Washington: Scientists have discovered a protein involved in early steps of development of melanoma, the most deadly type of skin cancer.
Melanocytes (pigment-producing skin cells) lose the genetic regulatory mechanisms that normally limit their number, allowing them to divide and proliferate out of control.
One such regulator, called MITF, controls an array of genes that influence melanocyte development, function and survival.
Researchers at Sanford-Burnham Medical Research Institute and their collaborators recently used a melanoma mouse model, cell cultures and human tissue samples to unravel the relationship between MITF and ATF2, a transcription factor (or protein that controls gene expression) that is more active in melanomas.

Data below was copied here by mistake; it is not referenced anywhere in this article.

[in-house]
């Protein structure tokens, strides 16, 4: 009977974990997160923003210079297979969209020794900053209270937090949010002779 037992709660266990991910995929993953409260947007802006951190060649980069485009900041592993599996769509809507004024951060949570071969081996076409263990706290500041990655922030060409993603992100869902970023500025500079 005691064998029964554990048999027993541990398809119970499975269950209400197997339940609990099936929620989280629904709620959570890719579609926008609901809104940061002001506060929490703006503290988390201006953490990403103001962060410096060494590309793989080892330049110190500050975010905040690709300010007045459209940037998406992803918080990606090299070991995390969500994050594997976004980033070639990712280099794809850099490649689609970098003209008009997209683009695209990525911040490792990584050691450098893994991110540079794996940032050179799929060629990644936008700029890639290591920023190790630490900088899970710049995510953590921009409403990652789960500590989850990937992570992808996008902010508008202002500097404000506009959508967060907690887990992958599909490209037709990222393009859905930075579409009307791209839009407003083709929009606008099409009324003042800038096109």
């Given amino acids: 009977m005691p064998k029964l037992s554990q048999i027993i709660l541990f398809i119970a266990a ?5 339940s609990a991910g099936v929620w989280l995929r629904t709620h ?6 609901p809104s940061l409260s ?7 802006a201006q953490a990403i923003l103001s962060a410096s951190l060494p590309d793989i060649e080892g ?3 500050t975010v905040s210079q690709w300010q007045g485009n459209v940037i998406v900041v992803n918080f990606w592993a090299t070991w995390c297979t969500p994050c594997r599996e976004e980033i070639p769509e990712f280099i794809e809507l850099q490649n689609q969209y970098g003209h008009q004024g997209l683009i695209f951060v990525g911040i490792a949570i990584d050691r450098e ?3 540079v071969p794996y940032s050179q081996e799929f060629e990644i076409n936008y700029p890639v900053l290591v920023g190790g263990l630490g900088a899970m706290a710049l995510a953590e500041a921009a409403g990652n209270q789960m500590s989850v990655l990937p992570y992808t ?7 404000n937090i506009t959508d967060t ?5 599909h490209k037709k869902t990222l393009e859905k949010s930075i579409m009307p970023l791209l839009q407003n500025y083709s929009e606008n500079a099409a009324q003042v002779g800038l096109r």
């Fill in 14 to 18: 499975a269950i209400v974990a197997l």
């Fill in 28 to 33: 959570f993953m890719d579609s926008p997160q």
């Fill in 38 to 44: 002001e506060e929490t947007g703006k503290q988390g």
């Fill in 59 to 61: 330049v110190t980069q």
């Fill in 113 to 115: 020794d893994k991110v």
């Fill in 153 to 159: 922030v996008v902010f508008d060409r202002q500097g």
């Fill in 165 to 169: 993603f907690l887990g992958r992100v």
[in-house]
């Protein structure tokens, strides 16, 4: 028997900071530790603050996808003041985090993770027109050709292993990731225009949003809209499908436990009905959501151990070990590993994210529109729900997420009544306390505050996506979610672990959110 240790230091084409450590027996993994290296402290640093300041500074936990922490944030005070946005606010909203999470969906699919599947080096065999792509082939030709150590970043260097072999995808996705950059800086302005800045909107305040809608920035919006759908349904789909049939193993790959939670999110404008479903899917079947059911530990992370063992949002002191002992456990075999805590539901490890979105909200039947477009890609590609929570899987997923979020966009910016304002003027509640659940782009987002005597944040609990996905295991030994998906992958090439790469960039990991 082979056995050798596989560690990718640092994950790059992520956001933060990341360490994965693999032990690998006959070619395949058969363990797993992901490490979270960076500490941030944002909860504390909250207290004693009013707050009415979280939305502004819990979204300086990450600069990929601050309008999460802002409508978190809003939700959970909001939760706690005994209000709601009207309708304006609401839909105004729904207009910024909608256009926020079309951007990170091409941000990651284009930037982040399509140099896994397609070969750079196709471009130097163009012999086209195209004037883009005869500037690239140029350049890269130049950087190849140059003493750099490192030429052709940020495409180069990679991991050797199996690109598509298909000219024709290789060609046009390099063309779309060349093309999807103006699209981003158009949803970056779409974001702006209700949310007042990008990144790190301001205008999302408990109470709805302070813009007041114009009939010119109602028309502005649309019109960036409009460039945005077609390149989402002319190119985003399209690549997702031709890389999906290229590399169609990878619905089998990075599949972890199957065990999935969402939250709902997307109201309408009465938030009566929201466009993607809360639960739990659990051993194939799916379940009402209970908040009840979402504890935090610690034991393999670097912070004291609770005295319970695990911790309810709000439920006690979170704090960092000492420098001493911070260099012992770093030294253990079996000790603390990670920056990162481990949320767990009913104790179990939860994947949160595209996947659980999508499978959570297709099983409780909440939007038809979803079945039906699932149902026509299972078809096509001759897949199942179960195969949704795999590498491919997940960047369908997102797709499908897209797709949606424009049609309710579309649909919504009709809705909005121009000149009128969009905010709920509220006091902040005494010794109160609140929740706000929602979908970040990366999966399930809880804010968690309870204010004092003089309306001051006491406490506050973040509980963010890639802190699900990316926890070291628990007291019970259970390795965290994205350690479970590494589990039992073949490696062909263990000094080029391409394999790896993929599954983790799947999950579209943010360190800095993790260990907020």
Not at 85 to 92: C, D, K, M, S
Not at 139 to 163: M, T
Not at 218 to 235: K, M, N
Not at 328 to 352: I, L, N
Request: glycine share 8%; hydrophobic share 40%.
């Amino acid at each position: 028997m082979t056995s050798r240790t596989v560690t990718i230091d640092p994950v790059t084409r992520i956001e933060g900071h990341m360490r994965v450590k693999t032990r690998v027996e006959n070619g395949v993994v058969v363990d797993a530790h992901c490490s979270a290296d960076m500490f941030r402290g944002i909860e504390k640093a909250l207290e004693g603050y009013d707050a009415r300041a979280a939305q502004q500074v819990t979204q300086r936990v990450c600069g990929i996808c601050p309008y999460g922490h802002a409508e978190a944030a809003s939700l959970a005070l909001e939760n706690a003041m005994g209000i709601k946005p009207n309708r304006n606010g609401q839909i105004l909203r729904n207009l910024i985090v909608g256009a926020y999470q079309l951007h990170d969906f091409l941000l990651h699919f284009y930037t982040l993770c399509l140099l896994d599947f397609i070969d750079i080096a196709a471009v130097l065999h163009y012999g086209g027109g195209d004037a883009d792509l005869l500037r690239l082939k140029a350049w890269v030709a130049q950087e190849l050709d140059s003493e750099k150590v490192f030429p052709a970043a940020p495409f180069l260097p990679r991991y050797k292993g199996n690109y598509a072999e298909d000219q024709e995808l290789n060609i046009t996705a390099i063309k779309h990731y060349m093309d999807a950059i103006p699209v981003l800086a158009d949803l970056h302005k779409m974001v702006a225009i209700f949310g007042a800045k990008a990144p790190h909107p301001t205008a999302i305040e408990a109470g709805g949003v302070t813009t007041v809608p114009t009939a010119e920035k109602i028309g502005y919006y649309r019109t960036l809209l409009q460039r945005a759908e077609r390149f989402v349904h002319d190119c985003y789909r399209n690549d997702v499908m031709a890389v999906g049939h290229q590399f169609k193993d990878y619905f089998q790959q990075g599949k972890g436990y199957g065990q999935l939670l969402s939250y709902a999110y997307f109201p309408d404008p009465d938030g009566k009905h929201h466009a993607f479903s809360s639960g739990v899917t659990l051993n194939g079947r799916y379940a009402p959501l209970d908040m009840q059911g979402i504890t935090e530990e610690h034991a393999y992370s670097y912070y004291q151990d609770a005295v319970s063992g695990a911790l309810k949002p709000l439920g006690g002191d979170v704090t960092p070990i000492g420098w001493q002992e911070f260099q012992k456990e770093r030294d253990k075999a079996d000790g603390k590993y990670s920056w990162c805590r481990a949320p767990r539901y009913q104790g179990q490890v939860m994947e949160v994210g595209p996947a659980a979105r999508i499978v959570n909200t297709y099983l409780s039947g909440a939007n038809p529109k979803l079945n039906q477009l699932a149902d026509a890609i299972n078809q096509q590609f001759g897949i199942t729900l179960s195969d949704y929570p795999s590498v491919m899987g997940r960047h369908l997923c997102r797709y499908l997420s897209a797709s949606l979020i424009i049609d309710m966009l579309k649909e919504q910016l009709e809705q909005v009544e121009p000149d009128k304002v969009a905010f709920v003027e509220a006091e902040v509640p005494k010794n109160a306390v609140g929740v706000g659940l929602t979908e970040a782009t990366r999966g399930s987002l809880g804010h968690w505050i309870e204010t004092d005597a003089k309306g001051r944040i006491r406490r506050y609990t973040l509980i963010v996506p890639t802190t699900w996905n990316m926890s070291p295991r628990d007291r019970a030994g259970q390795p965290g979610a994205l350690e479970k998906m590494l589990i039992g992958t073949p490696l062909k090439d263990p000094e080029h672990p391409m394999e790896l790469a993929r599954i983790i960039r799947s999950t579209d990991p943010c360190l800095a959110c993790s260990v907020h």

The study, demonstrates that the MITF is subject to negative regulation by ATF2, and such regulation is a key determinant in melanoma development.
This work also reveals that the ratio of ATF2 to MITF in the nucleus of melanoma cells can predict survival in melanoma patients – relatively high amounts of ATF2 and correspondingly low MITF levels were associated with a poor prognosis.
Ze``ev Ronai, senior author of the study and collaborators from five medical centers in the U.S. and U.K. disrupted the ATF2 gene in the melanocytes of mice harboring mutations often seen in human melanoma.
It turns out that ATF2 blocks MITF function in the early stages of melanocyte development. Without ATF2``s foot on the brake in these mice, melanoma was inhibited thanks to its affect on MITF expression.
To determine exactly how ATF2 keeps the damper on MITF, the researchers then drilled down to melanocytes and melanoma cells in a dish.
In about half the cell lines tested, they noted that ATF2``s control over MITF is indirect – ATF2 actually controls a protein, called SOX10, which is in turn necessary for MITF expression.
The study has been published on December 23 in PLoS Genetics.